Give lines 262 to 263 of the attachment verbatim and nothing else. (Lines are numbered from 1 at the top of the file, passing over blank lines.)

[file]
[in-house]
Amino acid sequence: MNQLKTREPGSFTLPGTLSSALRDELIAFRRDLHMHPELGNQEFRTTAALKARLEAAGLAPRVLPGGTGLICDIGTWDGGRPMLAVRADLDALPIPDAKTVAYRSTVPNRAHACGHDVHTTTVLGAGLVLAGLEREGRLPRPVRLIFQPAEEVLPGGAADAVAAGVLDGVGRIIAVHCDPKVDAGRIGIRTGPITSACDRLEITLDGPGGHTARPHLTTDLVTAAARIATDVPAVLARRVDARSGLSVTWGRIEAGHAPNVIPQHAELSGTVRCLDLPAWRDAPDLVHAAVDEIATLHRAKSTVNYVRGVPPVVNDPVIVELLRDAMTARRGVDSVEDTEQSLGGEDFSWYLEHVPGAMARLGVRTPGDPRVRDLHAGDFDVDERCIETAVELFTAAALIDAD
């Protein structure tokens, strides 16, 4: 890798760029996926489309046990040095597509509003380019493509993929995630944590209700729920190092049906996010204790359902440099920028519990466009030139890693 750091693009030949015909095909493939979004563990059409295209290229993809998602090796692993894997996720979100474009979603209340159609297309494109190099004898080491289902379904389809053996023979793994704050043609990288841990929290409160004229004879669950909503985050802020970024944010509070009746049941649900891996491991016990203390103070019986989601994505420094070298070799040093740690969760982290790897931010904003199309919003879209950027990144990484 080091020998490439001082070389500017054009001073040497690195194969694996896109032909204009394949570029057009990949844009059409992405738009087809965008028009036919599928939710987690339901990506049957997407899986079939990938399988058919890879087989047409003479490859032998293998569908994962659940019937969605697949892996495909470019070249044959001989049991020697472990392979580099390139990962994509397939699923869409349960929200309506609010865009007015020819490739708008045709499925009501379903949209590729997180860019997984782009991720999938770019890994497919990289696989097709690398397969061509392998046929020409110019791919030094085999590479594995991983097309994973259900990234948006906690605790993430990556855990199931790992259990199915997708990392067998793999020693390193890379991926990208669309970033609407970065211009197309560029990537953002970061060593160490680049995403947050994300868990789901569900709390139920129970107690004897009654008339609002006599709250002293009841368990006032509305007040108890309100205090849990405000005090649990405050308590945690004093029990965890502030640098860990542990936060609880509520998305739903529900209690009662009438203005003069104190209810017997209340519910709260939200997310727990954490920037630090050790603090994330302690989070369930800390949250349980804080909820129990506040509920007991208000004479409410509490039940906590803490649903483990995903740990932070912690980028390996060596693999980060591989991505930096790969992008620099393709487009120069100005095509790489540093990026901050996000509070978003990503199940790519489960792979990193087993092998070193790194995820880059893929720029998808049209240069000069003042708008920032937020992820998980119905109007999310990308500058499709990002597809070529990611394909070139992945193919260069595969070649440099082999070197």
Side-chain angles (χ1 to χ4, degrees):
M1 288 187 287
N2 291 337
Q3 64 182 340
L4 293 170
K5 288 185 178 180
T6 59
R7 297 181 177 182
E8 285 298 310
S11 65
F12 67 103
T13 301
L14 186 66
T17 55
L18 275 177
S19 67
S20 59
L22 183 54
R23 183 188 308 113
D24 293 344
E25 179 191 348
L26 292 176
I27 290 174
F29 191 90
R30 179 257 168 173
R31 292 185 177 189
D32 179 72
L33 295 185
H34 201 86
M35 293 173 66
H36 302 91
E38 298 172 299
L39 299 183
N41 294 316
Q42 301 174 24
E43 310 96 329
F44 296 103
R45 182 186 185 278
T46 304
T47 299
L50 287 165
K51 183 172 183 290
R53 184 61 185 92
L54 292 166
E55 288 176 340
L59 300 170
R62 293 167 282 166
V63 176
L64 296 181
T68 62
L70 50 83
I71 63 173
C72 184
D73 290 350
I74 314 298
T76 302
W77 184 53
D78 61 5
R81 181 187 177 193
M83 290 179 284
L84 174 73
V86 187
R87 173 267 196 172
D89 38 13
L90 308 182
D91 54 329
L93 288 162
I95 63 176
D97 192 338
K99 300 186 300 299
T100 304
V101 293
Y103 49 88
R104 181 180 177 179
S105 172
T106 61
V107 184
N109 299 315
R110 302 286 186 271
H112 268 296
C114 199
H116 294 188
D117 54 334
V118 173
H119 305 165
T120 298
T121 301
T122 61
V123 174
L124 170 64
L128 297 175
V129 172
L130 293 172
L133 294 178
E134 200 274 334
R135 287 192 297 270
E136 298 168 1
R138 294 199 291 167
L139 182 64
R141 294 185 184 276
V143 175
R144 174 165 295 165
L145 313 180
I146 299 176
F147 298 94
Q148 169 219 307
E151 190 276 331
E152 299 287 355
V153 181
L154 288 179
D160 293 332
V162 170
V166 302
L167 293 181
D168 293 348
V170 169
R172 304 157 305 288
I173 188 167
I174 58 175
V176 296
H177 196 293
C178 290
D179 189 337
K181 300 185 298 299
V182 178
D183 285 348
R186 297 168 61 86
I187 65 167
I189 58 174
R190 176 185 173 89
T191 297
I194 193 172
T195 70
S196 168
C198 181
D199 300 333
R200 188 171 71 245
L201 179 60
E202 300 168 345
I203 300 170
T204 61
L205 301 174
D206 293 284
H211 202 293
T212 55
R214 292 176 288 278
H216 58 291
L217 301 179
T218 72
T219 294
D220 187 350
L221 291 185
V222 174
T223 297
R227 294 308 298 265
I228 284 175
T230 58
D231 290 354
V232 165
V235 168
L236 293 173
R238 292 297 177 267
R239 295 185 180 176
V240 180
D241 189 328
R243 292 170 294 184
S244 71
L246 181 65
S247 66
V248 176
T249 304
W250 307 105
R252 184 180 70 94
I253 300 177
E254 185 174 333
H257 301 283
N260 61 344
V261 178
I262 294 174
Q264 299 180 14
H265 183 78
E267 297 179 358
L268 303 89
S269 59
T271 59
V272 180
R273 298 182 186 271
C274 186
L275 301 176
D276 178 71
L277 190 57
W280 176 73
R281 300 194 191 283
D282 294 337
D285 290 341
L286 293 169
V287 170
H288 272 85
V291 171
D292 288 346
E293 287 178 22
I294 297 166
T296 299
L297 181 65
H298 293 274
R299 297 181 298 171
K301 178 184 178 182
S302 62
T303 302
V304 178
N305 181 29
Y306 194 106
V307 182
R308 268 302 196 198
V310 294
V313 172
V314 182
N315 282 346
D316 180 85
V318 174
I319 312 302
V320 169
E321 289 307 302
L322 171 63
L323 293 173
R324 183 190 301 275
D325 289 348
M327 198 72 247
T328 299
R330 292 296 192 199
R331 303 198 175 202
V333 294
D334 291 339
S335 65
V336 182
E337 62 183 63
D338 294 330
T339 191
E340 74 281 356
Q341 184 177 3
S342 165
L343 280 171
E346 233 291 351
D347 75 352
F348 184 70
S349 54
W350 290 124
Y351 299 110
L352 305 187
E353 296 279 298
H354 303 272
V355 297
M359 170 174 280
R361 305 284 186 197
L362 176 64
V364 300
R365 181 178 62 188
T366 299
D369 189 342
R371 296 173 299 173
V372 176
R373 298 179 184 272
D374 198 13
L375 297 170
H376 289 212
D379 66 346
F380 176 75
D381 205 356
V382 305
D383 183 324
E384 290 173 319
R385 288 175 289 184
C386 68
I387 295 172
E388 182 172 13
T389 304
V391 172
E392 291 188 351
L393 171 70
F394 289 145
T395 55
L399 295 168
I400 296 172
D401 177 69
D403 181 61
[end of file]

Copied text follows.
D369 189 342
R371 296 173 299 173